Pontificating On PontoonsBy Michael Vatalaro
Published: August/September 2013
Whether pontoon or deck, powered by engines big or small, lake boats excel at entertaining your guests, and lots of them at that. Maybe it's time you toon'd in?
Back in 2009, when the boating industry sank into recession, there was one bright spot on the horizon — pontoon boat sales. While they had dropped off steeply with the rest of the industry, pontoon boat sales rapidly mounted a comeback, posting four straight years of gains while the rest of the industry remained basically flat. Up 20 percent last year alone, pontoon-boat sales have rebounded to 2008 levels and could soon reach peaks not seen since 2005.
Several driving factors are at work here. First, pontoon boats' inherent accessibility — both physically and price-wise — appeals to an aging boating population as well as value-conscious consumers. Their versatility — you can fish, ski, or entertain on one — make them easier to justify than a single- or dual-purpose boat. And then there's the cool factor. That's right, I said cool. While fiberglass boatbuilders face significant upfront costs when designing a new model in the forms of hull molds, deck molds, and tooling, the hull and deck of a pontoon boat doesn't change much. That leaves pontoon boat builders free to experiment on the topsides. And they've gone wild. The new Crowne model from Harris Flotebote won a 2013 Innovation Award from the National Marine Manufacturers Association for its striking appearance and high-end appointments. Features usually thought of as being found on larger yachts, such as wet bars, radar arches, and aft facing lounges, are now common on high-end pontoon and deck boats.
Modern pontoons have also leaped forward in the performance department. With the addition of a third "toon," between, and lower in the water than the outer pontoons, builders are making sport versions, running outboards up to 300-hp on the stern. Now, it's not only easy to ski or wakeboard behind a pontoon, you can look good doing it.
Harris FloteBote Crowne 250
The flagship of the Flotebote line, the new Crowne 250 simply doesn't look like any other pontoon boat you've seen before. A forward raked radar arch echoes the scimitar-curve of the side panels. Inside, soft lighting peaks out from under the raised counter of the wet bar, and surrounds speakers and cupholders, spilling onto faux-teak decking, or woven seagrass floor coverings. Aft-facing lounges overlook the swim platform just past a stainless-steel gate and rail. The sophistication of the Crowne 250 belies the pontoon boat's humble origins.
Berkshire Pontoons 250E
The "E" stands for entertainment and this model, from Berkshire's premium series of pontoons, features a wet bar with built-in stainless-steel drawers and refrigerator, a separate entertaining bar with four stools, LED lighting, and a propane grill in yet another corner of the boat. Even with the rear half of the boat devoted to food and drink, the forward half still has plenty of seating, with L-shaped lounges port and starboard, with a small table in the center. If you're into watersports as well as entertaining, the 250E can be upgraded with a triple-toon BP3 package, allowing outboards up to 300-hp to be hung on the stern.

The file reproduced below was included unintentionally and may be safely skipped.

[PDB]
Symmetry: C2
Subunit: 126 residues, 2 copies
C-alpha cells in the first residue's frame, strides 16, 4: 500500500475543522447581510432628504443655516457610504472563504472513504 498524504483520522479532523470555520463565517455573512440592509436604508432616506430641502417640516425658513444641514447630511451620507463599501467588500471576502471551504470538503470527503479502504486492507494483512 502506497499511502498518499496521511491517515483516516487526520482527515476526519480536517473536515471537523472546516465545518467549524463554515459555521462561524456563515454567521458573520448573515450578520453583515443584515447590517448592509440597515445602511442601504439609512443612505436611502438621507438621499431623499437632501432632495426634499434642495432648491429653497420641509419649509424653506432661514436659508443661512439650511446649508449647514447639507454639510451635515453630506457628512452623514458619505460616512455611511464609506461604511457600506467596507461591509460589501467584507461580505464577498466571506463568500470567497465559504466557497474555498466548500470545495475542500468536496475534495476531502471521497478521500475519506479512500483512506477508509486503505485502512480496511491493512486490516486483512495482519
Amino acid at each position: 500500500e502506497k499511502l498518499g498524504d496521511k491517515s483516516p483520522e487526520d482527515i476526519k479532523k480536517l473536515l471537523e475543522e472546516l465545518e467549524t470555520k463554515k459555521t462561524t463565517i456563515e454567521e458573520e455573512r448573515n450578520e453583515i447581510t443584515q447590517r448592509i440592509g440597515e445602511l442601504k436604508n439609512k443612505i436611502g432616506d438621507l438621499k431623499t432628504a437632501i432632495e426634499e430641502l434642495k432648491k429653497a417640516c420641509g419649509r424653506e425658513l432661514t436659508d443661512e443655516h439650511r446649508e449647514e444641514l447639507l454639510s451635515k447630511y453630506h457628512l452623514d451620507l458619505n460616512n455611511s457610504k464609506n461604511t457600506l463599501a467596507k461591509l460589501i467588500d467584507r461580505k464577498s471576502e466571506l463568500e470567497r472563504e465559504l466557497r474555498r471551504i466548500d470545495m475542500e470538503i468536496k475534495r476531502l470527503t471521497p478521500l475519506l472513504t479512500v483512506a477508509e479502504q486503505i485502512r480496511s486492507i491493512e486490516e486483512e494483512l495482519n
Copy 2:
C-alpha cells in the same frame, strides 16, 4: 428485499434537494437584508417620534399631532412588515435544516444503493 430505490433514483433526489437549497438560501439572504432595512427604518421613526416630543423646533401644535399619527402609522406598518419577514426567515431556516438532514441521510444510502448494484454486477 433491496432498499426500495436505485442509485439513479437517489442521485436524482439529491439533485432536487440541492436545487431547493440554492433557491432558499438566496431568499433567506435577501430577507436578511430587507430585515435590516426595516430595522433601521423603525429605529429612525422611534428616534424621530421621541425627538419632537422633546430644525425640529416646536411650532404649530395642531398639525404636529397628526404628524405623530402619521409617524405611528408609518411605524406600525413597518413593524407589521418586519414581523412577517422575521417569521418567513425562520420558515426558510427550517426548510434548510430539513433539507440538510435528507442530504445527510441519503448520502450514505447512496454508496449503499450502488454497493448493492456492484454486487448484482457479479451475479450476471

Carolina Skiff Fun Chaser
Carolina Skiff shook up the definition of a pontoon boat by introducing the Fun Chaser series, with pontoons made from fiberglass rather than aluminum. Billed as a more salt-water friendly option (though many builders offer saltwater packages now), and built with stainless-steel components, the twin-fiberglass hulls do add a tremendous amount of storage, enough to swallow a 70-quart cooler in one compartment in fact. Other family-friendly features include a stainless-steel propane grill that mounts on the rail and locks away when not in use, and a pop-up changing curtain.
Hurricane Sundeck 2690
If your boating requires more freeboard than a pontoon boat offers, a deck boat may be a good choice. Unveiled at the 2013 Miami boat show, the Hurricane Sundeck 2690 sports a new hull design from C. Raymond Hunt Associates, a nine-foot beam, and is designed to run with outboard power up to 350-hp. With a squared-off bow that features a forward swim platform with integrated swim ladder and plenty of seating in front of the windshield, the Sundeck 2690 is built for fun on the water. To port, across from the helm seat is an enclosed head with sink. Immediately aft of the helm seat is the standard electric grill powered by an inverter and sink, with an optional refrigerator available. At the stern, the builder snuck an "Integrated Cooler Enclosure," (ICE) into the portside lounge. But unlike other coolers under cushions, this one has a small sliding lid under an equally small cushion panel . Lift the cushion panel, slide back the lid, and fish out a cold drink, all without having to move out of your seat.
SouthWind 212 Sport Deck
SouthWind builds its deck boats with an emphasis on being saltwater ready, with no-wood construction and the same stainless-steel components used on their sister-brand's Sailfish fishing boats. The 212 SD features a full head, with sink and shower, which you won't find on most 21-footers, plus insulated coolers both bow and stern, and a freshwater wet bar. Powered by a Mercury outboard from 115- to 250-hp, the 212 SD pairs nicely with the 200-hp Verado, which is how the boat I drove recently was equipped. The boat also had the optional MercMonitor digital gauges that can display up to 42 different functions, three pieces of data at a time, and the MP (Moving Prop) Alert system. The aft-mounted warning light, a ring of six amber-colored LEDs that spin when the prop is in motion, tells a swimmer at a glance whether or not the outboard poses a danger.
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